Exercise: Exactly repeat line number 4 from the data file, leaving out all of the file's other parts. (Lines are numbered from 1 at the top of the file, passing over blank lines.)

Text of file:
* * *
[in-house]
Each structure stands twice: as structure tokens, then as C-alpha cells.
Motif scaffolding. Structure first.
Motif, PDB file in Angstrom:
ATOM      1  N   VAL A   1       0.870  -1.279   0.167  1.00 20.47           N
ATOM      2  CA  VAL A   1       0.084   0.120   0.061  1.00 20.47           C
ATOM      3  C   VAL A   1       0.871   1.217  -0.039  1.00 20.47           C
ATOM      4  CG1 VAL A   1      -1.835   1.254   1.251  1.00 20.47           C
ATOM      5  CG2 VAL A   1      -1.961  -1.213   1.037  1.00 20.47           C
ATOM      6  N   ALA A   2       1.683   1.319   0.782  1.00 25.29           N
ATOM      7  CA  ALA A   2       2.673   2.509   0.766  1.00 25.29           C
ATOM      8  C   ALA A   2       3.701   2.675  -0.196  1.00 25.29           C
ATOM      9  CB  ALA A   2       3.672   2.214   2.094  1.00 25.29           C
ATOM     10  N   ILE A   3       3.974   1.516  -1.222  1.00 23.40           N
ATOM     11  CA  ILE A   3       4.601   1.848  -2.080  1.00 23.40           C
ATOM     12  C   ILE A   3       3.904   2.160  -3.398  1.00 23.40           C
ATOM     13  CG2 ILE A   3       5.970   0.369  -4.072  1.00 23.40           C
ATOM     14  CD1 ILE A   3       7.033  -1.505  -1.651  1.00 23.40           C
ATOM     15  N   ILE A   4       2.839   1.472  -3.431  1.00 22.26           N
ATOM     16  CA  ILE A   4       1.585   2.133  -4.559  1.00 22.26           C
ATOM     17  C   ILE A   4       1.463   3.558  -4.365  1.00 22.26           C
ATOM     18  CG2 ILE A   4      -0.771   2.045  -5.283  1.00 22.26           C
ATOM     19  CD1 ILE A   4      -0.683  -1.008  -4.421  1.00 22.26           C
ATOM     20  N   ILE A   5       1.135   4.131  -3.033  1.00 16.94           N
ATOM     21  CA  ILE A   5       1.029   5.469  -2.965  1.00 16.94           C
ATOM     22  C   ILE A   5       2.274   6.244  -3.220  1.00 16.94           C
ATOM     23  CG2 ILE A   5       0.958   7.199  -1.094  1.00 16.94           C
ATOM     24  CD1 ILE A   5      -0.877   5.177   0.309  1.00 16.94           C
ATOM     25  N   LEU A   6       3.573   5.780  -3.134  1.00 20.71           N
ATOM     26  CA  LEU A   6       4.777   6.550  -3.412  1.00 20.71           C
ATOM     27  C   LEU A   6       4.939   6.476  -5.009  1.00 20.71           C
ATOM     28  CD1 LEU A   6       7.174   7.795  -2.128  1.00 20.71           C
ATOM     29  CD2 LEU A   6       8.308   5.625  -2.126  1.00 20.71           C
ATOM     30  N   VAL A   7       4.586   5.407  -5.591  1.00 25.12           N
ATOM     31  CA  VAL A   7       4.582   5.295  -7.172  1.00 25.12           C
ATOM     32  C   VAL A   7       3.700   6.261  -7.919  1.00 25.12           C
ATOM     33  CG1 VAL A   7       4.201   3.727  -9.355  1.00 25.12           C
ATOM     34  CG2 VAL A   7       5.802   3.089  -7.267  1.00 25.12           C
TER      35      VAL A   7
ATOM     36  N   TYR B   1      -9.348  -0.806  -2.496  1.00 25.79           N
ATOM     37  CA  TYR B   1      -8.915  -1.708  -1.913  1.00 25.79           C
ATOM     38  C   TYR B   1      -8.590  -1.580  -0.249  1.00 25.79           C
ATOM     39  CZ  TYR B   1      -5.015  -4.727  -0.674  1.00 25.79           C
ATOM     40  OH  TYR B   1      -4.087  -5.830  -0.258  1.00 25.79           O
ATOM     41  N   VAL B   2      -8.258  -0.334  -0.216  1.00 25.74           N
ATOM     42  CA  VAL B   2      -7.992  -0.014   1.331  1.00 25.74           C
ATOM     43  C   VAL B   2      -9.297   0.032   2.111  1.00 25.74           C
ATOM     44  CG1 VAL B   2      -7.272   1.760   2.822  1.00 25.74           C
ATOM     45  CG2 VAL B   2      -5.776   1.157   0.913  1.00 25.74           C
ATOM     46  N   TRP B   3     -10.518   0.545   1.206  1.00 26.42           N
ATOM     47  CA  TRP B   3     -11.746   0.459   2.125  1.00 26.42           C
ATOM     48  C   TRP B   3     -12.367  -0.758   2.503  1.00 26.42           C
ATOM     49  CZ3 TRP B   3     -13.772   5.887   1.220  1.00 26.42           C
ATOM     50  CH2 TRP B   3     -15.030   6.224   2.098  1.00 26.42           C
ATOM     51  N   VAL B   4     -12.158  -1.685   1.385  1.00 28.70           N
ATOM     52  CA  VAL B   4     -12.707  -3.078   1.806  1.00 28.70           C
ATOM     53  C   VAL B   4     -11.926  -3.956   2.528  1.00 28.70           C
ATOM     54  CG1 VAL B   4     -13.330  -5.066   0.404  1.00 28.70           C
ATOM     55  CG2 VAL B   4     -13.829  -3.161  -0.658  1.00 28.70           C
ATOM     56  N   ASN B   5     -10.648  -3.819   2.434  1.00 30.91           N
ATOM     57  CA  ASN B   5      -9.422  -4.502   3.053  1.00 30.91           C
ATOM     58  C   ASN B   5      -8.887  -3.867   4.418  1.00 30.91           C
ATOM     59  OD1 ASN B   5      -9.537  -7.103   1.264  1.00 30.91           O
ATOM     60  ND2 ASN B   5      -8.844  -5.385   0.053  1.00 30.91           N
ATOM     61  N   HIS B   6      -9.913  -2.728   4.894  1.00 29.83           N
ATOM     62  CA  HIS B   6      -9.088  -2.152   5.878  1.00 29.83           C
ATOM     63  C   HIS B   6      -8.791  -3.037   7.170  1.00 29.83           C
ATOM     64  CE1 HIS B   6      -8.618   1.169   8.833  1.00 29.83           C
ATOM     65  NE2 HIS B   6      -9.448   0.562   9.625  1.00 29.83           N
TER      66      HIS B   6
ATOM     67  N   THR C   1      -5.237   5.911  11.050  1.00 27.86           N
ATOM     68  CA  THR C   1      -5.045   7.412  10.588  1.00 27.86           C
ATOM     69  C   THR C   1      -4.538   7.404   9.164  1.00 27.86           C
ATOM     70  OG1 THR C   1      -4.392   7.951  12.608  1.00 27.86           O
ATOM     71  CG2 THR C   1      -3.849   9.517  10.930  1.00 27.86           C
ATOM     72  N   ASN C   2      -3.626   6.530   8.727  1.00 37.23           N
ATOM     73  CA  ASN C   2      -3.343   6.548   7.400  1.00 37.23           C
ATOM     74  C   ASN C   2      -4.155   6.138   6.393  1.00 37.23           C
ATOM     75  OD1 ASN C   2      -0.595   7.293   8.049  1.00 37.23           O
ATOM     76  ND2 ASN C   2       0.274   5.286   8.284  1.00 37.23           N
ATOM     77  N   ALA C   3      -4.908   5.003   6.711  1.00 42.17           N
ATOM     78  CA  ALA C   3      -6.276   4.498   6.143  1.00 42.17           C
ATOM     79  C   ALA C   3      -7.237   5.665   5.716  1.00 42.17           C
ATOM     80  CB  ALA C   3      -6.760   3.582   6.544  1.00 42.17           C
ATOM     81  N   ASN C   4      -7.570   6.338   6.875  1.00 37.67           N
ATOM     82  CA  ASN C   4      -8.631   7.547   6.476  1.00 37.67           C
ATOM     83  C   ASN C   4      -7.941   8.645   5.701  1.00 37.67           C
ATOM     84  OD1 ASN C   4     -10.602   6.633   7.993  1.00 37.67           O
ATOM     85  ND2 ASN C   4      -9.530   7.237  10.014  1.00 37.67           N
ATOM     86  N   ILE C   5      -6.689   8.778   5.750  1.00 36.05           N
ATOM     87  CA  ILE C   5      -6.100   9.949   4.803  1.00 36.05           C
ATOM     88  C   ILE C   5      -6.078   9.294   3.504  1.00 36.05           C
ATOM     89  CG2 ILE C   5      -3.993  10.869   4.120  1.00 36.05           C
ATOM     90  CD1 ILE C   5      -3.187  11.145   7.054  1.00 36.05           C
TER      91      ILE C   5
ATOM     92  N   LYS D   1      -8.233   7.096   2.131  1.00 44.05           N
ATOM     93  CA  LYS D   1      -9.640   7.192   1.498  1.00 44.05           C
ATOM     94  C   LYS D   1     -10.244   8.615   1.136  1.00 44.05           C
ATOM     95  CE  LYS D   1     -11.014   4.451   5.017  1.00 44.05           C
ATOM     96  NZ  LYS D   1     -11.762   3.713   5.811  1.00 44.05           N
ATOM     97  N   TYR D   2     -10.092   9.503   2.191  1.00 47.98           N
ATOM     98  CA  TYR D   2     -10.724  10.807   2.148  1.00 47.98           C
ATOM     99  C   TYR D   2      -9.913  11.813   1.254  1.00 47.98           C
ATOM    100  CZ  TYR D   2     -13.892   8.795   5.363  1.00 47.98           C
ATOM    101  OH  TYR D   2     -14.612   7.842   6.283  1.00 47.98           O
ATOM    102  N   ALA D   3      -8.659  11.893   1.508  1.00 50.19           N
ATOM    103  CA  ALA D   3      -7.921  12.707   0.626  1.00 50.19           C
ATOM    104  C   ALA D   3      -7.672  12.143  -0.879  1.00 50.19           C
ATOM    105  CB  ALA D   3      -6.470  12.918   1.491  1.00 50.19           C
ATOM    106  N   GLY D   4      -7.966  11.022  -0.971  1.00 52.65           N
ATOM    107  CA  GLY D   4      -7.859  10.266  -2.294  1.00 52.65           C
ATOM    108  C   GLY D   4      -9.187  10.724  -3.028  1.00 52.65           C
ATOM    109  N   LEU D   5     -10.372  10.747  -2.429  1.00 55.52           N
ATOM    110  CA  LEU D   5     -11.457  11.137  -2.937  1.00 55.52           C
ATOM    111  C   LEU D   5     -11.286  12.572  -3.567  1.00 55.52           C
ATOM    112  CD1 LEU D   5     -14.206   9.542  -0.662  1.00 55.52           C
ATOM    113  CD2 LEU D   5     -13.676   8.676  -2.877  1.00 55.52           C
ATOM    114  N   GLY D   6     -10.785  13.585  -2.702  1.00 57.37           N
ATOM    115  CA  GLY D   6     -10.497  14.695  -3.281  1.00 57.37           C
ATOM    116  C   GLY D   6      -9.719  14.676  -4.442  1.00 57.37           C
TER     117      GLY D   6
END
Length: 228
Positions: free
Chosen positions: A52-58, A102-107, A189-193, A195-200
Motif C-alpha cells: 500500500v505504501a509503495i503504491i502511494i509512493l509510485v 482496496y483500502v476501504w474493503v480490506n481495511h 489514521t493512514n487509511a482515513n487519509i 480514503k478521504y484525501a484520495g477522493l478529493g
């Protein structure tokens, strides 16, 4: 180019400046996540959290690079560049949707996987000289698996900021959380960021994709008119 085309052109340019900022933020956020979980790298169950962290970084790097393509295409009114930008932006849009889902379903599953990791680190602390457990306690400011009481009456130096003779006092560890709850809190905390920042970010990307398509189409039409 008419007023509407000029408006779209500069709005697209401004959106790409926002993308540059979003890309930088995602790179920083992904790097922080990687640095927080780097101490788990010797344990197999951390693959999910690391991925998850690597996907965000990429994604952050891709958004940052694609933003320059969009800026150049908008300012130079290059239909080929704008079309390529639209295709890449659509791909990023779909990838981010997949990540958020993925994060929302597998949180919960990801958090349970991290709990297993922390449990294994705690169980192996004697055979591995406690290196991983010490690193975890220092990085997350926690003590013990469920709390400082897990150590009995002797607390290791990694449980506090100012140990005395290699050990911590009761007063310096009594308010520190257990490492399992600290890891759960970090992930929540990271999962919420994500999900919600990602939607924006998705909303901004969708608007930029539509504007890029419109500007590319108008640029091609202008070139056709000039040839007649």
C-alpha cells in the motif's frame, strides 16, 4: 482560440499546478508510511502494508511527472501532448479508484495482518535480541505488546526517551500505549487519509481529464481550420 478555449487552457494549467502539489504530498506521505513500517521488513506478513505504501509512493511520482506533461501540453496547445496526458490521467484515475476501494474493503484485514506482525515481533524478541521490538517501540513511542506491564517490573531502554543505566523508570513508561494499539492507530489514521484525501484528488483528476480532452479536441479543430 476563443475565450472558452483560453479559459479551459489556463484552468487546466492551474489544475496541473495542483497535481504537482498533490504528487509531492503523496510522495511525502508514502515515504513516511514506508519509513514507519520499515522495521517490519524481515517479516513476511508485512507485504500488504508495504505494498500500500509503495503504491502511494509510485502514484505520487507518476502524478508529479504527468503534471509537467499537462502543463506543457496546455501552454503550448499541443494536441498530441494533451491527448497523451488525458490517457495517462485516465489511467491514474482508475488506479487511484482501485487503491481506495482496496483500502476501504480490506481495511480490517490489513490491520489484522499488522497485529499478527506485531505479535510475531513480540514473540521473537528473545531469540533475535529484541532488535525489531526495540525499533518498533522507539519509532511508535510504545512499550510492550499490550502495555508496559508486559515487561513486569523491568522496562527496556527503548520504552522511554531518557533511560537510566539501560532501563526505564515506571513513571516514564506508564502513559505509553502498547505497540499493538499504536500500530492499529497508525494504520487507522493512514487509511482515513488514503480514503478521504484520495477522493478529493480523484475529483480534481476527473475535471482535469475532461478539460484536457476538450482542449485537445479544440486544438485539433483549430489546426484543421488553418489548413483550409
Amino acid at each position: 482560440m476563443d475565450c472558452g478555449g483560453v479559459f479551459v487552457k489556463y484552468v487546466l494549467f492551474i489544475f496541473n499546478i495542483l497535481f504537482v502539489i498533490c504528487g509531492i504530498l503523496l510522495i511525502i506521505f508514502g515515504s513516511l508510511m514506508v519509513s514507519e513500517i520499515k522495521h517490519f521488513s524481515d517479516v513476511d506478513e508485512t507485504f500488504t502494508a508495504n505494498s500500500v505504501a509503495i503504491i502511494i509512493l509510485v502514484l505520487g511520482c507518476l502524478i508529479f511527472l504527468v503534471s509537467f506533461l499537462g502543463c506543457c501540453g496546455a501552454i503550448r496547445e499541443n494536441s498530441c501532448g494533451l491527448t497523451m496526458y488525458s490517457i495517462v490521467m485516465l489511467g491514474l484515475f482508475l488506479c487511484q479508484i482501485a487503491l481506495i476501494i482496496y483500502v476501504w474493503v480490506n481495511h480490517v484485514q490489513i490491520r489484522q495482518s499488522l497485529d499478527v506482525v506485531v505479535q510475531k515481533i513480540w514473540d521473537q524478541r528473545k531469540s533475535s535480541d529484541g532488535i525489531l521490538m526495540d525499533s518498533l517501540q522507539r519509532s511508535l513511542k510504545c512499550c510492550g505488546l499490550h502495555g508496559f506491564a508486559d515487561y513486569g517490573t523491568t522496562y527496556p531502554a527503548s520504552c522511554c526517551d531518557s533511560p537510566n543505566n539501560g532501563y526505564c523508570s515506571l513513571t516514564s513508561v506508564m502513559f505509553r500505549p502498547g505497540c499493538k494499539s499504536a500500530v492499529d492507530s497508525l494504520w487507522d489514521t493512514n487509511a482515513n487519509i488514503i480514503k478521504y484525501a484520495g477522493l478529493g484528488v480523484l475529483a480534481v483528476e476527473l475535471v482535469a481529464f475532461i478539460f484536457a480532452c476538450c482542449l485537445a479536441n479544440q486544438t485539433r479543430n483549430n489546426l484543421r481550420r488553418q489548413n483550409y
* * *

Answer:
Motif, PDB file in Angstrom: